Time, our only non-renewable resource

Because less of our lives remains as each year passes, we normally value time more as we age. 

That's positive because it often means we come to use our time more deliberately and wisely. 

Here are some of the ways in which I've sought to respond to this reality...

Murray and Carol 1976
Clarifying our Purpose in Life

Until we identify our purpose in life, much of the gift of time we've been given may be wasted. We may not notice it while we are young, but as we mature, reflect on the meaning of life, and have less of life left to lean into, we are more likely to grieve the wasting of time.
 
God's Purpose as Context to Our Purpose: The first question in this process is to ask the broader question "What is the purpose of life?" The answer to this broader question is not generally about us, but rather about God. Until we embrace this we will continue to search for the meaning of life (with ourselves at the centre) in vain. Broadly then the purpose of life is, as the Westminster Catechism expresses it, "to love God and enjoy him forever."

Us in God's Purpose: This realization needs then to be made more specific. As you and I come to know God more intimately (uniquely-incarnate-in-Christ), discover the strengths God has given us, and how we can best use these gifts to extend Christ's love and rescue mission to others - we come to see more clearly and our more specific purpose in life.  

As this discovery comes more clearly into view I believe it wise to write down and refer to it often in evaluating the use of our time and resources. Many people call this foundational statement their "Personal (or) Life Mission Statement." This thoughtful summary points to how we want to spend our time and what we want to leave behind.

Examples: In my life this purposeful contribution has focused on inviting people to follow Christ and multiplying missional communities. One woman walked through her living room and glanced at the television. The program on the needs of orphans in Romania so transfixed her that she stood and watched the rest of the program concluding she was called to make a difference. In the course of the next several years she travelled to Romania, quit her job, formed an organization and gave new life to hundreds of hopeless orphans. It is never to late to identify one's life's focus. I know a British man who upon retirement chose a village in Uganda, helped provide safe water, education, micro-economic assistance and many health benefits. Your calling may focus on helping teens or single mothers in your community or the poor a continent away. Jesus will lead you.

Periodic Review: Personally I reflect on this key thought often and reflect more deeply at the turn of each New Year. At this time my father would normally read Psalm 90 from the Bible and I would reflect particularly on verse 12: "Teach us to number our days that we may get a heart of wisdom." In adulthood I would do the same with my family and personally ask the Lord this question: "You know my strengths and weaknesses, sins and passion. How can I use my limited gifts and resources to greater good, to your greater glory, to the greater fulfilment of my life's purpose than ever before?"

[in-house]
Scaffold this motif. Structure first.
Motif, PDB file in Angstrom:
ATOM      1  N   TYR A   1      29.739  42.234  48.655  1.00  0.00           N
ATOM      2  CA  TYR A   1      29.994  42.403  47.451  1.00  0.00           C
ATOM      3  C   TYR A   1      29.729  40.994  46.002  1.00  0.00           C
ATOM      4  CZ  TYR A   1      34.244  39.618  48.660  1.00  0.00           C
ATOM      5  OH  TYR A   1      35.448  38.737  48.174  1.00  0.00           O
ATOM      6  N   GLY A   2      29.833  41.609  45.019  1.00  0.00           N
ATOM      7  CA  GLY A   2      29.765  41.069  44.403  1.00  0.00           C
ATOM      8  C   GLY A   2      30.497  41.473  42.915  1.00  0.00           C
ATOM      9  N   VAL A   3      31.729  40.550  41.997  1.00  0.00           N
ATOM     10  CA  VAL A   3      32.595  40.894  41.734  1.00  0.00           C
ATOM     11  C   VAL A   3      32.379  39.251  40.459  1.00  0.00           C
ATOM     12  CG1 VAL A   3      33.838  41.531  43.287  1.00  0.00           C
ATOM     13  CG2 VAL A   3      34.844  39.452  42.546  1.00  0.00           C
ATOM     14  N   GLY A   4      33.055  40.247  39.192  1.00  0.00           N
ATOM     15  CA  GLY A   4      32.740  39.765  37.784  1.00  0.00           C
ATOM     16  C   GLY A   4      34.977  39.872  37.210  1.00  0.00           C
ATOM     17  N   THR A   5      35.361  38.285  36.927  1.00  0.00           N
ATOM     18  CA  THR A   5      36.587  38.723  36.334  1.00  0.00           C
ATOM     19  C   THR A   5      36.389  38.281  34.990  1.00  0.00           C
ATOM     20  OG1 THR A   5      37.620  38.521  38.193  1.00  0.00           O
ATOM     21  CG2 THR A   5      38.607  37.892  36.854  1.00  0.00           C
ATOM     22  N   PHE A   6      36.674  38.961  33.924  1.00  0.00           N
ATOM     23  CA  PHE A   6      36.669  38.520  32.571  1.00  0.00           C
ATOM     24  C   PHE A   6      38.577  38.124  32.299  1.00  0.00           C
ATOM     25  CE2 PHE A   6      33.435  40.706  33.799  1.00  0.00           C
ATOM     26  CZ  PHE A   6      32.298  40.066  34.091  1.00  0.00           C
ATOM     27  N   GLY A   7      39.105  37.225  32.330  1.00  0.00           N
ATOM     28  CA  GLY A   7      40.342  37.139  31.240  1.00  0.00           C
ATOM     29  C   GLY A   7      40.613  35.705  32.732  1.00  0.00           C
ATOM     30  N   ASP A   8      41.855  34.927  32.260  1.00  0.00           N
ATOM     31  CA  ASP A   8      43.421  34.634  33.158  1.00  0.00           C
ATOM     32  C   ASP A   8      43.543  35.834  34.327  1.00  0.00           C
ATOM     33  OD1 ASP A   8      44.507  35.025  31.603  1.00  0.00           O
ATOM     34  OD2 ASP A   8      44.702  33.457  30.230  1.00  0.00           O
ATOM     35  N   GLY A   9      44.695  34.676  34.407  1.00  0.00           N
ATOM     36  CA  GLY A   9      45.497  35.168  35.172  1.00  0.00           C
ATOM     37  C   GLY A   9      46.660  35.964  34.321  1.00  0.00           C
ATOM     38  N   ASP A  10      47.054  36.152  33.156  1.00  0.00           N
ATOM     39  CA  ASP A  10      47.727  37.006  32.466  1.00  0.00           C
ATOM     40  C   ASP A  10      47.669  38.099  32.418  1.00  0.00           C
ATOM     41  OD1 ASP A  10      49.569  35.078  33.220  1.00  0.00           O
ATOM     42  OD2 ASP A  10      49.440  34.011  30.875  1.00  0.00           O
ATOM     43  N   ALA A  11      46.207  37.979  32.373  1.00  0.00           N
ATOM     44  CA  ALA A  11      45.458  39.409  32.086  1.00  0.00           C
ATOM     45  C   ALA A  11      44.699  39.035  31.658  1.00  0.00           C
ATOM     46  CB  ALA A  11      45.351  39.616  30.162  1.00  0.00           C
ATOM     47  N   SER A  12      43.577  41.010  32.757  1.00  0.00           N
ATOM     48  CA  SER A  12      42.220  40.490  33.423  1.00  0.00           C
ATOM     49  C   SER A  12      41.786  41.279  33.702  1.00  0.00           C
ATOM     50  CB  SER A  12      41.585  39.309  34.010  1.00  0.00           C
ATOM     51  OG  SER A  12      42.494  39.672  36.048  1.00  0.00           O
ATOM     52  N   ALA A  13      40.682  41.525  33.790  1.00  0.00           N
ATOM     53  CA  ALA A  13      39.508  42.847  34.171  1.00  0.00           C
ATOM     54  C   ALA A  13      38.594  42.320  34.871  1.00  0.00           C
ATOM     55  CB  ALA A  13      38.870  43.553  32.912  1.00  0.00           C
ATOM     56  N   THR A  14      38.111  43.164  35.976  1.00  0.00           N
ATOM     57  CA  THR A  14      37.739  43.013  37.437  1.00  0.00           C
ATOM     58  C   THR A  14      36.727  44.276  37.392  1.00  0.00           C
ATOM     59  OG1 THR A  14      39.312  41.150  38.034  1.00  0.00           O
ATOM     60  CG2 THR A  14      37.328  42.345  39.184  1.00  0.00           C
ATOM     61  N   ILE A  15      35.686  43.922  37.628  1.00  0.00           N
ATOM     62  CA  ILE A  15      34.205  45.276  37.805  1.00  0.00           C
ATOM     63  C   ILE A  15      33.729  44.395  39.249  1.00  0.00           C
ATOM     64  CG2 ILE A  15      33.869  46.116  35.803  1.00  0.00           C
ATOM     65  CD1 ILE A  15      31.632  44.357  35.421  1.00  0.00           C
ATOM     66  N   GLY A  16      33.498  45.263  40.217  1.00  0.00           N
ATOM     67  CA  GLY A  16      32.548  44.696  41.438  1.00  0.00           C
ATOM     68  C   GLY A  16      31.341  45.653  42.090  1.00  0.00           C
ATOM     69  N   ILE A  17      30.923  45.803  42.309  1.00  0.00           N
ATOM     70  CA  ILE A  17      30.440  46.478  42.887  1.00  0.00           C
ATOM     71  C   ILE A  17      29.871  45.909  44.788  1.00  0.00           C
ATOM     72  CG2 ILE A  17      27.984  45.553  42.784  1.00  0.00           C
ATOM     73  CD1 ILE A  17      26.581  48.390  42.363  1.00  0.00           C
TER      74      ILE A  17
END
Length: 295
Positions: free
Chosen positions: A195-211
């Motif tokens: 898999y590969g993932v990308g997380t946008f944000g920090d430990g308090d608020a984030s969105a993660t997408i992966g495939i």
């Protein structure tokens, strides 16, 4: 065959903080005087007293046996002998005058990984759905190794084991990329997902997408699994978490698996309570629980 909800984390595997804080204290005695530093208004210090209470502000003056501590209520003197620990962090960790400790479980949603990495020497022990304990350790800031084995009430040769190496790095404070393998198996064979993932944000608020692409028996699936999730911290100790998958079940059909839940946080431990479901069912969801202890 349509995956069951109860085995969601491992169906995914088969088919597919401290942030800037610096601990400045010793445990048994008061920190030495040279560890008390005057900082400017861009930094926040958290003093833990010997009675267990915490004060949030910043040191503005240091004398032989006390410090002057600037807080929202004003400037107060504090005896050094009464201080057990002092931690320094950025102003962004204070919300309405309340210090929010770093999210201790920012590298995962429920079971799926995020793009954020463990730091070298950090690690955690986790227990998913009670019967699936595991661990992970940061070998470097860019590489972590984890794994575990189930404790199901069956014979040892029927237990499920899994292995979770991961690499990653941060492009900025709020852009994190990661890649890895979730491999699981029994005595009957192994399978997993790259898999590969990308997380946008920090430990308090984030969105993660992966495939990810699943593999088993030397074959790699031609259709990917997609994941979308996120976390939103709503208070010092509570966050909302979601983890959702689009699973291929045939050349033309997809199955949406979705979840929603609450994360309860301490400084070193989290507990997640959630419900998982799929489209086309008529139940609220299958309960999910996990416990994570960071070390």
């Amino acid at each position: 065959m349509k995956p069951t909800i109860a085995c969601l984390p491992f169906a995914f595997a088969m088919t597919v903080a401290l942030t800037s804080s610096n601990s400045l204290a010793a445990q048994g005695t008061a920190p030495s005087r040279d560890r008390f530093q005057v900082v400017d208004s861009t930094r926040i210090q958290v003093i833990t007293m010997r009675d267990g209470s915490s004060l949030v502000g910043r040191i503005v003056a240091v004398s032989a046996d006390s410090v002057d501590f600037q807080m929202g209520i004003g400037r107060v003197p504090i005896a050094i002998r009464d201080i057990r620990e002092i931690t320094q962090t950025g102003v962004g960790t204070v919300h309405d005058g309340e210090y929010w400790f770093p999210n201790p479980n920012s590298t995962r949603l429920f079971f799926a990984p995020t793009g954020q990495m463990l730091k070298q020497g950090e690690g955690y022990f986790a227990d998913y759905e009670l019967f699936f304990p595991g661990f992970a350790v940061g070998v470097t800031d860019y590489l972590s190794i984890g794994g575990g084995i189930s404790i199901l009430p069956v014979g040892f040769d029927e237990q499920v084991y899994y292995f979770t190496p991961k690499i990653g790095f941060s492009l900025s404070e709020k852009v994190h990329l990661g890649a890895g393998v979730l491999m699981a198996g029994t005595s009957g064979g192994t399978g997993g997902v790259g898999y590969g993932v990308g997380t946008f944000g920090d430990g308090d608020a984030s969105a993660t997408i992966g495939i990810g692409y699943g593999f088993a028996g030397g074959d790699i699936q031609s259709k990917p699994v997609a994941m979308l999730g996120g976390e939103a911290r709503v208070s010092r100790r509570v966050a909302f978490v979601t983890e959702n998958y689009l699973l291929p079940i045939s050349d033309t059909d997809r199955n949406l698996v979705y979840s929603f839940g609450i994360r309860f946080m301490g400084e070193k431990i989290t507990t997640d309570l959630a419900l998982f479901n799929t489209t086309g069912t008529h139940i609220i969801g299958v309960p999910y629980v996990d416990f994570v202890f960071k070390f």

As I sense Christ leading me I often identify new year resolutions, goals or other responses which have shaped my life in foundational ways.

Planning with the end in view:

Reflecting on the brevity of life and my life's purpose in it has also led me to "plan with the end in view."

When Carol and I were first married I kept a small lined booklet on which I wrote an important category on the top of each page such as these: growing as a disciple of Christ, growing in our marriage, parenting, discipling our children to know and follow Christ, educational/personal growth goals, financial goals, health goals, fun/vacation goals etc.

Generally on a weekly basis we would review one of these 'ends' and reflect on the appropriateness of our goals towards that end and our progress towards those goals.

I've expanded this process but continued this basic approach all of my life. Some more complex goals need to be broken down into action steps, require planning for more time or money, or need to be purposefully written into our schedule.

Focus:

Then we come to the beginning of a new day. This is where all of the above matters and life is lived.

Lifetime goals become quarterly or monthly goals and in the end appear on our "to do" list for the day. Yes, there will be distractions and interruptions. Yes, some ultimately important things wouldn't  be completed this day or month and will need to be moved forward to the list for the next day or month. And the list is reviewed each day asking the Lord if there need to be changes.

But then some of each day is exchanged for the fulfilment of 1, 2, 3 or more items on the list which reflect and move us forward in expressing the purpose of your or my life. The hour can never be exchanged for another. It is spent, invested, or wasted.

The Important and the Urgent:

Most hours can put into one of the following priority levels. Just as when we prepare to make a financial budget, a good first step is to keep a log of where time has gone, then to evaluate whether we want to make changes.

The following may help in being more deliberate in how we shape our busy days. Priority 1 is important both to avoid burnout for those who are inclined to be driven and to avoid lazyness for those who are not.



It is up to us. Seize the day! - Wonderfully expressed in song by Carolyn Arends ... in MP3 or download in WMV.

Reflect on New Year resolutions here, and on your approaching birthday here.